"On the regulatory side there has been the rise of FinTech that does not receive the same scrutiny as banks with respect to oversight," Andrews said. "This creates an operating price disparity and compliance disparity favoring the new market entrants."

In addition to an uneven playing field, banks are suffering from a talent gap, according to SBA lending consultant and BOLD Lender author Alex Espinosa. He said generational changes within community banks are encouraging older bank presidents to take buyouts and consolidate as opposed to giving the keys to an inexperienced executive. He also said the best and brightest minds are likely working for technology companies as opposed to banks.

These factors have slowly chipped away at the community banking market for years, and the demise is hitting small businesses the hardest.

How small business is affected by the decline of community banks

Community banks provide 77 percent of agricultural loans and over 50 percent of small business loans, according to the Harvard Kennedy School study. What community banks offer small businesses in the lending process is almost intangible – because banks know the community, they're able to provide loans to businesses based on information that isn't just found in a business's finances.

Instead of meeting rigid requirements through a FinTech lender or going to a large conventional bank to be denied because of shaky financials, small businesses can turn to a local community bank to get the funding they need at an acceptable rate. Because the bankers are rooted in the community, they can consider additional factors regarding the borrower's situation that go beyond basic financial data.

Community banks are more personal, and they provide more informed loans as a result. According to the Harvard Kennedy School study, in 2013 default rates on family real estate loans with community banks was 3.47 percent. In the same year, larger banks experienced a default rate of 10.42 percent.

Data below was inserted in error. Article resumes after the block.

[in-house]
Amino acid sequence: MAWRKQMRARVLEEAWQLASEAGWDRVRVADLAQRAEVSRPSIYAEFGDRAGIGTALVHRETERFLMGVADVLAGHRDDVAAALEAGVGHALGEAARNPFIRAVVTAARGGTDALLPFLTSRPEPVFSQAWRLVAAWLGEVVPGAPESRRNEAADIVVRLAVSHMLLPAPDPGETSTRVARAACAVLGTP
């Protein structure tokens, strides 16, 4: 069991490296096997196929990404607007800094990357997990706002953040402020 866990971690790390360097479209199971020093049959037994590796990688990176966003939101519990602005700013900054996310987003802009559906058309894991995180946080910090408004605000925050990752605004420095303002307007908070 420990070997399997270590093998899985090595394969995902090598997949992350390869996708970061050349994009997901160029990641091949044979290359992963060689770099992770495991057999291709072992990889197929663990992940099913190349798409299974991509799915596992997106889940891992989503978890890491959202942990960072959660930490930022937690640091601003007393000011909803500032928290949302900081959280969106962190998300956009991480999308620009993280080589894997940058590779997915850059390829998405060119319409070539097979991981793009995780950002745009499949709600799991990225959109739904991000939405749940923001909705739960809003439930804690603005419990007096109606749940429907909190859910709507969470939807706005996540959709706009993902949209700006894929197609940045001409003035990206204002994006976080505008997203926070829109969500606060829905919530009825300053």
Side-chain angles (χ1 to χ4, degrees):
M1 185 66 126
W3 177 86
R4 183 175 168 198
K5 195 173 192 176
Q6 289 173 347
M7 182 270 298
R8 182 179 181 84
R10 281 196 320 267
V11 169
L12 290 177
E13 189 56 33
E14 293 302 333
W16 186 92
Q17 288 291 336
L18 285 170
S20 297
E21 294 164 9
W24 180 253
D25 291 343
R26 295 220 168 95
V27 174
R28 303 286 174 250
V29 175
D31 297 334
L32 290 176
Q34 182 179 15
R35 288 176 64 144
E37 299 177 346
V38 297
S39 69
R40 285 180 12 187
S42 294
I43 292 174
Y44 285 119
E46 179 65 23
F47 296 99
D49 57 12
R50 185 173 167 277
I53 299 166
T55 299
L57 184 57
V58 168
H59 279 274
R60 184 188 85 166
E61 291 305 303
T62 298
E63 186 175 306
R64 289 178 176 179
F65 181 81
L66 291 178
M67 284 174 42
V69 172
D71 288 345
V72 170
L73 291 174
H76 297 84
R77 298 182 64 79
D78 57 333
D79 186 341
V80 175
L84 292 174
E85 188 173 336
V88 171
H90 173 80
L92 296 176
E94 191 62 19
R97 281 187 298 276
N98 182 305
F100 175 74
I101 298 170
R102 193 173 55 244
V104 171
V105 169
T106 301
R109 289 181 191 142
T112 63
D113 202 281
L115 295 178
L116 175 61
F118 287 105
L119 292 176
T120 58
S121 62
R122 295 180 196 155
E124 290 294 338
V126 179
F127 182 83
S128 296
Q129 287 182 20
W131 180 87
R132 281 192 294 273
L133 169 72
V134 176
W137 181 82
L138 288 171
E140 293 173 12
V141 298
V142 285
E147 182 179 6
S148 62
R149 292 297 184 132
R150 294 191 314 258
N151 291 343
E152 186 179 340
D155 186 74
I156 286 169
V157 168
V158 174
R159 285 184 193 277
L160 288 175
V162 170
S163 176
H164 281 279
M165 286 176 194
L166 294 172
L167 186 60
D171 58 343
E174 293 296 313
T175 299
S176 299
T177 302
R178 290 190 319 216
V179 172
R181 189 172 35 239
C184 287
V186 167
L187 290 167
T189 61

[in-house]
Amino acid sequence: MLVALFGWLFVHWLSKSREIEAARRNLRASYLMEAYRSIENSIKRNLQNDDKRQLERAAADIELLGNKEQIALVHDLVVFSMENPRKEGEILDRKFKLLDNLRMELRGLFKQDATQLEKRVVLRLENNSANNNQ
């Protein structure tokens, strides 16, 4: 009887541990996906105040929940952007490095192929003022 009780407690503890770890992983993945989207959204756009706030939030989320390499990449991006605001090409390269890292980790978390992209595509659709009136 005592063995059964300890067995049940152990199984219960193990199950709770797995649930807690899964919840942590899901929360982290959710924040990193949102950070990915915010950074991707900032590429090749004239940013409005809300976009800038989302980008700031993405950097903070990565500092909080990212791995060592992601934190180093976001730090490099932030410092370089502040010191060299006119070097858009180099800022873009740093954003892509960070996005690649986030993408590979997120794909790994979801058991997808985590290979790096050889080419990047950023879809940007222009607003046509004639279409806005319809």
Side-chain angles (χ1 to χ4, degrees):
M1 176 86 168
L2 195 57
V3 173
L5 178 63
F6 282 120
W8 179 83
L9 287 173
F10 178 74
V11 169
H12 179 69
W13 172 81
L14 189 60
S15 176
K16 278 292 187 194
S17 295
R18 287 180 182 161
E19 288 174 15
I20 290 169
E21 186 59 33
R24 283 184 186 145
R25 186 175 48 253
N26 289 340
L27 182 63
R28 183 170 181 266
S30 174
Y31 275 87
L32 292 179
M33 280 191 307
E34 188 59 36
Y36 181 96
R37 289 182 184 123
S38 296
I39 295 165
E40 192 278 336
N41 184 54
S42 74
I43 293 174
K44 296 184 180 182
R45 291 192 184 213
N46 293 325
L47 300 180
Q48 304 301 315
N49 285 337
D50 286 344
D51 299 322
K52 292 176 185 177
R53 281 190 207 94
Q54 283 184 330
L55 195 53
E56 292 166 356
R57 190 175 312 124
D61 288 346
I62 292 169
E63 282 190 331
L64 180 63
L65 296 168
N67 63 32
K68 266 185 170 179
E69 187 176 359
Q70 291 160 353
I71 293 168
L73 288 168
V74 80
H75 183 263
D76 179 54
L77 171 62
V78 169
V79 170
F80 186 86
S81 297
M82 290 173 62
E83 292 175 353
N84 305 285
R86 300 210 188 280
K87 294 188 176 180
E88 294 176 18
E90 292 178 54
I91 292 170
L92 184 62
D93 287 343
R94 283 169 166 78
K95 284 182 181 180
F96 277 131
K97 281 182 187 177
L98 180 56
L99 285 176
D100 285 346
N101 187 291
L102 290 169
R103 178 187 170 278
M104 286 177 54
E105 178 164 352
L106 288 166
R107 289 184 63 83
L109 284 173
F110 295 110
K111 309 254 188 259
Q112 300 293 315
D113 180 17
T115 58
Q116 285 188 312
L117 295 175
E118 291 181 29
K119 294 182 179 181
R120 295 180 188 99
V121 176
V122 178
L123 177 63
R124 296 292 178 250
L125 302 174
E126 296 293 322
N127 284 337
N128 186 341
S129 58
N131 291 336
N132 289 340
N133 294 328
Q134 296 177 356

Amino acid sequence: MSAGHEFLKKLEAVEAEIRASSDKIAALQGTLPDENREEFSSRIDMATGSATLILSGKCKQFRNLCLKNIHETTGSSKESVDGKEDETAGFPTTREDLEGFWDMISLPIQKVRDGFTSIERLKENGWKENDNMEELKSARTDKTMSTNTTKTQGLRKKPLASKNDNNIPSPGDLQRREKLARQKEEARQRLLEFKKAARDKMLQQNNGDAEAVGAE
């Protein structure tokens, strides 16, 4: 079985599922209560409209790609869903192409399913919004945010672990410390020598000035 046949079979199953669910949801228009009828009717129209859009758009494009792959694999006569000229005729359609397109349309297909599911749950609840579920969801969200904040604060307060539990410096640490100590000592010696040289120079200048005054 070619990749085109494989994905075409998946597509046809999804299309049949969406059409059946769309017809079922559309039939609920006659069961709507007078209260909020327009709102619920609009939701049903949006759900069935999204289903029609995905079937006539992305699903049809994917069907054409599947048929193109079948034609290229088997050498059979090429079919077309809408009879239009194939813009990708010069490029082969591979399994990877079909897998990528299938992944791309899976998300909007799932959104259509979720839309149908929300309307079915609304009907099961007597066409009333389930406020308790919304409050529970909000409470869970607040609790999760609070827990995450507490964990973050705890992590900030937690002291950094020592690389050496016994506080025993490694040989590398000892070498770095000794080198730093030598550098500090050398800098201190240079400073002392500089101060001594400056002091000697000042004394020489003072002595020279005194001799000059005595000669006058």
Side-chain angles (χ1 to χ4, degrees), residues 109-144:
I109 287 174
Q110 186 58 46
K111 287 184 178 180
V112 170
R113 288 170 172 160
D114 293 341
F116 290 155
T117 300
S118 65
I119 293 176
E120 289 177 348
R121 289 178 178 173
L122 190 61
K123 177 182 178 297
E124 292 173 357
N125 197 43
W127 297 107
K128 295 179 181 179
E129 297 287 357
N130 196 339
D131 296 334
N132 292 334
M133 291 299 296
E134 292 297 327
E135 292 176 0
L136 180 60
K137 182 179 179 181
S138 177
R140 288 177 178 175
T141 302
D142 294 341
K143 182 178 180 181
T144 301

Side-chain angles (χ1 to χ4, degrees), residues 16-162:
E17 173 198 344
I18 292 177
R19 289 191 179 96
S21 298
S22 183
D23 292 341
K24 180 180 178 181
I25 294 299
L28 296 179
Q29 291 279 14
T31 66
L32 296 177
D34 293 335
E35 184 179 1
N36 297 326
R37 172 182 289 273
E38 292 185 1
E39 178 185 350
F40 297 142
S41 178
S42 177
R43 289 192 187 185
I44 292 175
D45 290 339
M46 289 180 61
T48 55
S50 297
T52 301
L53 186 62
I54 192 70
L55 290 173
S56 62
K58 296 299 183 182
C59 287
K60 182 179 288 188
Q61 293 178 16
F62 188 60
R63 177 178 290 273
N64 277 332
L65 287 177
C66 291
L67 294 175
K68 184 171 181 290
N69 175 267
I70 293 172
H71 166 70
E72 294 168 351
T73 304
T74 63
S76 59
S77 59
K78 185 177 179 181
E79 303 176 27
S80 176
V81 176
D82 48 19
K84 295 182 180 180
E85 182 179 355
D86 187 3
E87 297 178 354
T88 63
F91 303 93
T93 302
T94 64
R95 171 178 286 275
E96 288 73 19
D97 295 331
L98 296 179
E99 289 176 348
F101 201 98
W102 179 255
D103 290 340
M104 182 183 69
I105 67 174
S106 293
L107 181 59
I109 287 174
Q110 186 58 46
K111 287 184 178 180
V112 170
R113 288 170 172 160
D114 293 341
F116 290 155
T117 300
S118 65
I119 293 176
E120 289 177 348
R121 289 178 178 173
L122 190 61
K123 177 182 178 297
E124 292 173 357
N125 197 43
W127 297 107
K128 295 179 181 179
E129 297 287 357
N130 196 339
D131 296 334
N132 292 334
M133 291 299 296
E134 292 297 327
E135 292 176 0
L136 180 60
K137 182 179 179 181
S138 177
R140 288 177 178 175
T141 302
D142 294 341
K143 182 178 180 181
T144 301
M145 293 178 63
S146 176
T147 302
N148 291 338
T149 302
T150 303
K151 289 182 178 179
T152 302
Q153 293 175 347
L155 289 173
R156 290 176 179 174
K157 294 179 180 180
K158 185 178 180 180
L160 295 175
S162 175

"Community banks generally are relationship banks; their competitive advantage is a knowledge and history of their customers and a willingness to be flexible," the study reads.

Community banking's decline has a direct impact on small businesses. With fewer and fewer community banks to turn to for financing, small businesses have to work with bigger banks or FinTech lenders. It can be hard to get approved with a bigger bank, and FinTech lenders generally have more higher interest rates and shorter terms compared to conventional bank loans.

The business that's hurt the most in all of this is the one that doesn't meet the needs of FinTech lenders or big banks.

"Those businesses that require personal labor-intensive attention from a credit underwriting perspective for loan approval will not fit the automated underwriting process," Andrews said. "Community banks offer and capture borrowers that don't have cookie cutter financing requirements."

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Will this problem be solved?

Andrews said major changes need to happen with taxation and regulation. Relaxing legislation that was intended for big banks will allow local banks to breathe again. Adjusting tax practices on credit unions will also help level the playing field for community banks.

"Community bankers are not afraid of competition or market disruption, but they do want the playing field balanced as it relates to taxation and regulatory burden," Andrews said.

Espinosa agreed, saying that regulation needs to be changed so community banks have a chance to be competitive. Regardless of what the right course of action is, community banking is in decline, which means small businesses can no longer get the financing they need.

Image Credit: Claudio Divizia / Shutterstock
Matt D'Angelo
Matt D'Angelo
Business News Daily Contributing Writer
I've worked for newspapers, magazines and various online platforms as both a writer and copy editor. Currently, I am a freelance writer living in NYC. I cover various small business topics, including technology, financing and marketing on and Business News Daily.